Philip, yes, I agree totally. BT and ST should complement each other. Unfortunately that's too often not the case, with some schools/interpreters/pastors deciding what their system is, then "interpreting" Scripture accordingly. This means there's never any room for a fresh insight/examination of a text or concept because (to use a political term) a settlement has been reached on that issue/text.

Andrew Sibley said...

Calvin, you appeal to the authority of a 'majority of scholars' (who ever they are) to disagree with my position, but also criticise those who restrict freedom for fresh insights...

I was brought up on Hal Lindsay, and I thought his basic hermeneutic was right concerning the end times, but I was less convinced about details because it seemed too much shaped by American politics, cold war considerations etc. i.e. Russia was Gog and Magog etc.

But just looking at Zechariah for instance there are several allusions that were interpretted by the NT writers as speaking of the events surrounding Christ's life, death and ressurection. We see the king of Zion coming into Jerusalem riding on a donkey, we see the 30 pieces of silver, we see the mourning for the one pierced, events arguably fulfilled in the events of the passion of Christ and on the day of Pentecost. Also Peter believed the prophets spoke of his time (Acts 3:24), as did James in terms of the rebuilding of David's fallen tent (Acts 15:16).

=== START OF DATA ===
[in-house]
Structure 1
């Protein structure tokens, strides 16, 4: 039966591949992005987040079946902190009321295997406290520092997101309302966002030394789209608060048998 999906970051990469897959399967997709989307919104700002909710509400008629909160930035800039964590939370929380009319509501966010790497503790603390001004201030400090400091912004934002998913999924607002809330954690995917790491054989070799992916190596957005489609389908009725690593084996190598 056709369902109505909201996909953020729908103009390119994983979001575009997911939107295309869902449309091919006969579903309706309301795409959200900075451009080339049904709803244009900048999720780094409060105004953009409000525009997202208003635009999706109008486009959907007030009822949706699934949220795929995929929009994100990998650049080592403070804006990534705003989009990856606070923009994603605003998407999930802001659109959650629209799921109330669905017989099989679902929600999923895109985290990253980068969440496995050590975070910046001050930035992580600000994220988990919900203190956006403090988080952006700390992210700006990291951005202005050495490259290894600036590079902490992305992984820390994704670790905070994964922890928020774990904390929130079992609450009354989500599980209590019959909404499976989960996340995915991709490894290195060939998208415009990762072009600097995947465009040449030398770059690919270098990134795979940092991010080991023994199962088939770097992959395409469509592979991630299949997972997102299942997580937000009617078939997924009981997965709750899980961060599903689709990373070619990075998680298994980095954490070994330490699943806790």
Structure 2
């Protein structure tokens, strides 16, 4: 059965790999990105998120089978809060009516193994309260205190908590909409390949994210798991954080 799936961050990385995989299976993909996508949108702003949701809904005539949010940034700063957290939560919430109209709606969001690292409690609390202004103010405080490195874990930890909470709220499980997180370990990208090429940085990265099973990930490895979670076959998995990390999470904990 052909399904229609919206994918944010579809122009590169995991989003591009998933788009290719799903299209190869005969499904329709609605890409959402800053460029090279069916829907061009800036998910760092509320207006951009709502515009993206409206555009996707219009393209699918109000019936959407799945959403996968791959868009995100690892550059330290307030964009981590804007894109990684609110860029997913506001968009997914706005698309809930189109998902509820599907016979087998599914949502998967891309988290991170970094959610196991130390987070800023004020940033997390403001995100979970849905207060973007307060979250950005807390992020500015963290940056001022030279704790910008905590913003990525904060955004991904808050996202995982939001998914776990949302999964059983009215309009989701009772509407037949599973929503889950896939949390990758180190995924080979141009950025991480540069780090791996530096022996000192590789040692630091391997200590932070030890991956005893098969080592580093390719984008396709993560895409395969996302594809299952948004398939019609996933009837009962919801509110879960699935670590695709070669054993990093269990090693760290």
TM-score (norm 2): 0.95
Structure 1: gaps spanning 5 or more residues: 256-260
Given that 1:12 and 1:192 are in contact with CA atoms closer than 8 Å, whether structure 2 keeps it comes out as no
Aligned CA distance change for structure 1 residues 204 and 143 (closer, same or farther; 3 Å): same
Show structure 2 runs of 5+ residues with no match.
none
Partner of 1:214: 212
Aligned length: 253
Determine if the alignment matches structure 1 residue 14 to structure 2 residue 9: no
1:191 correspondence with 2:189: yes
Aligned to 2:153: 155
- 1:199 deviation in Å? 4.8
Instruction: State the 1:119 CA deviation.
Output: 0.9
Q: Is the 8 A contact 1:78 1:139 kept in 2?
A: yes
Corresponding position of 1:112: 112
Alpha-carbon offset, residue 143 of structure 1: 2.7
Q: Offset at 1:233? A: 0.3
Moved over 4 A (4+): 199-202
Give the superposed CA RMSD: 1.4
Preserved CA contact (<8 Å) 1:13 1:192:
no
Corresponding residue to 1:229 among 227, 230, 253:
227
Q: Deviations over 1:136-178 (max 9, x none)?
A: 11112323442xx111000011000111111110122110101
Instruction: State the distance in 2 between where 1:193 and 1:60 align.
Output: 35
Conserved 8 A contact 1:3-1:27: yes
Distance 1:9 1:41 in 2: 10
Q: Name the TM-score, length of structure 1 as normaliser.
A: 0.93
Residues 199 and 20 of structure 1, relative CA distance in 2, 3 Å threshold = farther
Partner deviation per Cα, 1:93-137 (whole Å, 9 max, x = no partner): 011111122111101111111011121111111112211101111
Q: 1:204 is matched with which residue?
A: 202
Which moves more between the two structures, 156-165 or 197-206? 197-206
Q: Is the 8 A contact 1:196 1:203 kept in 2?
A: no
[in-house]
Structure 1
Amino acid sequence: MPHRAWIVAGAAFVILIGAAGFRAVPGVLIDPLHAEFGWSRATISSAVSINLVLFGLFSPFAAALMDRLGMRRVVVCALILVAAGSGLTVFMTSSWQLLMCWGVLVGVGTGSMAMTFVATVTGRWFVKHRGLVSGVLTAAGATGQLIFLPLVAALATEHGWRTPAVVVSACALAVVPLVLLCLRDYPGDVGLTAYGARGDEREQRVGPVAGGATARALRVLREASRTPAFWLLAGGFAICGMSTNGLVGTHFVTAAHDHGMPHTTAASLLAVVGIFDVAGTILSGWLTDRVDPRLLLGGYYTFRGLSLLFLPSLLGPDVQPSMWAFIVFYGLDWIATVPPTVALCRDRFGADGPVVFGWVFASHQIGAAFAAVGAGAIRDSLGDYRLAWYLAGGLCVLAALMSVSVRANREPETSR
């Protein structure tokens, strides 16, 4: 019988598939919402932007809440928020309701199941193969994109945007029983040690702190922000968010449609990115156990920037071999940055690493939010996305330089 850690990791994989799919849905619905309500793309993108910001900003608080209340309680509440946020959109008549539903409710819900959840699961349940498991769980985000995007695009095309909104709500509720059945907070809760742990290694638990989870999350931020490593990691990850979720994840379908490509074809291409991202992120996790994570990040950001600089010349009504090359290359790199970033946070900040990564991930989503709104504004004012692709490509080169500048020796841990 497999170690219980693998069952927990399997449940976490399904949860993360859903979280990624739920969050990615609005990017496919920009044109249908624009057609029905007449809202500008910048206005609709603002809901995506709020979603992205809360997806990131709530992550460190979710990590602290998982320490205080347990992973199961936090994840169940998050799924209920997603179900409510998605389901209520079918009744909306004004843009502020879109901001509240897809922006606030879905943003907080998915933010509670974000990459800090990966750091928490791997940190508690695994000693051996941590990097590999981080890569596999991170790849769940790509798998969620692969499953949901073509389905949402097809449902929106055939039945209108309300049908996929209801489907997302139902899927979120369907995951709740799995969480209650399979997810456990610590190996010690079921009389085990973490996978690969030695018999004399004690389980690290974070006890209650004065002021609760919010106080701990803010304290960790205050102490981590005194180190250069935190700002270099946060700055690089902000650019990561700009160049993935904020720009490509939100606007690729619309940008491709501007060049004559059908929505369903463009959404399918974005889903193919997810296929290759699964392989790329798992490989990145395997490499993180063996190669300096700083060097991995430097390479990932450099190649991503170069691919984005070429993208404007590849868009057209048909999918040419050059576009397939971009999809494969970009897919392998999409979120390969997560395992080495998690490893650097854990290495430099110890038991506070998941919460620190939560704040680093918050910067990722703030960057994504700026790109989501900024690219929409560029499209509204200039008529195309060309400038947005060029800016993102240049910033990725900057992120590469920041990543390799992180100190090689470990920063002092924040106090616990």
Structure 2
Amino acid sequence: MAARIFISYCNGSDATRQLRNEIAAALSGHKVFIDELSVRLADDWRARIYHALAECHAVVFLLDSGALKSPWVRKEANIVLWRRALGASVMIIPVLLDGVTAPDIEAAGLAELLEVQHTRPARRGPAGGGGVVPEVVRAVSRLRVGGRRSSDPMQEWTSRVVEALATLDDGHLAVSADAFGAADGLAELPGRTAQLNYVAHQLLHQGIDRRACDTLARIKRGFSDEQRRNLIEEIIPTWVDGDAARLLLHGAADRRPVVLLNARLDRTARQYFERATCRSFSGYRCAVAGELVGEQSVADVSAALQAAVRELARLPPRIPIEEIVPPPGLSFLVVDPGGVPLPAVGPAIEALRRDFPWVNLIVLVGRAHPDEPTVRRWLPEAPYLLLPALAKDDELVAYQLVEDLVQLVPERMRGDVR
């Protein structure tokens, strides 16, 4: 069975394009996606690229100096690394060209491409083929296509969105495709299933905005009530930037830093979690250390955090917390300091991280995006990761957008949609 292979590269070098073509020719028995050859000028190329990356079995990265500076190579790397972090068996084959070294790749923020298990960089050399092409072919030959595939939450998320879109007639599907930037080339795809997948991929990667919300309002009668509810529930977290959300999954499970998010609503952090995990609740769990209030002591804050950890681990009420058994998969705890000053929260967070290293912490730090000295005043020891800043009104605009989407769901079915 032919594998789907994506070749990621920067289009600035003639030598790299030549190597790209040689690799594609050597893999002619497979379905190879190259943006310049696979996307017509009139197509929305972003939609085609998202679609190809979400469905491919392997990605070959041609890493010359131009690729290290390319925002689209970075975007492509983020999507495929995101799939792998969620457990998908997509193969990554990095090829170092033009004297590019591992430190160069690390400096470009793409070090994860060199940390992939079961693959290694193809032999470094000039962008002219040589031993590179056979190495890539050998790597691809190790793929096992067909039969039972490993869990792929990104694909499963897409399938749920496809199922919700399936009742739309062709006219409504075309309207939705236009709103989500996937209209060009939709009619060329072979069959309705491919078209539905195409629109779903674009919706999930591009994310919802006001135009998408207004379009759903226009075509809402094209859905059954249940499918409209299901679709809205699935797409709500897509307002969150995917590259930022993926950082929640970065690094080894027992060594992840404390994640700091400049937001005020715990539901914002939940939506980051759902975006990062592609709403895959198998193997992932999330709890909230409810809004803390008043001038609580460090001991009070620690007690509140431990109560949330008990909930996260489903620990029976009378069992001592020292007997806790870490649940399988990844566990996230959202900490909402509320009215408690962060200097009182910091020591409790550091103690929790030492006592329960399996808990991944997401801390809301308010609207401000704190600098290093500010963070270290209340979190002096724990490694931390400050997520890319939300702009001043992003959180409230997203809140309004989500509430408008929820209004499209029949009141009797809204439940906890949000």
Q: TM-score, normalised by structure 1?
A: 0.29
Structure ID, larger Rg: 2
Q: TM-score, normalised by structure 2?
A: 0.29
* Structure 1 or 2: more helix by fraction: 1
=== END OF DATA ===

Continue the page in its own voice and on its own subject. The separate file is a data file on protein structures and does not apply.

We see also Zechariah still concerned about the people of Ephraim and Joseph, how should we interpret that concern, bearing in mind that Joseph and his sons Ephraim and Menassah held the birthright of Israel (1 Chronicles 5:1), but were by Zechariah's time still in exile ?

If we are to get back to the intentions of the writers then I would suggest that these are questions we must ask and consider.

Brendan said...

Hi Philip,
Very interesting what you have expressed regarding systematic and Biblical theology.
I suppose with the certain amount of dogmatics that would naturally be included in the conceptualising of systematic ideas, when studying the Bible - there is a bigger possibility of formulating Church dogma from these findings. (Maybe this is a rhetorical statement).
I think a significant percentage of tradition influences religious dogma, which has to a certain extent influenced our theology within the Church today;beautiful concepts potentially based on what we (we meaning 'us'generally as people) want from God - which can and does create theological difficulties.
Nevertheless, the real difficulty may be best expressed as, "Are we being too subjective?"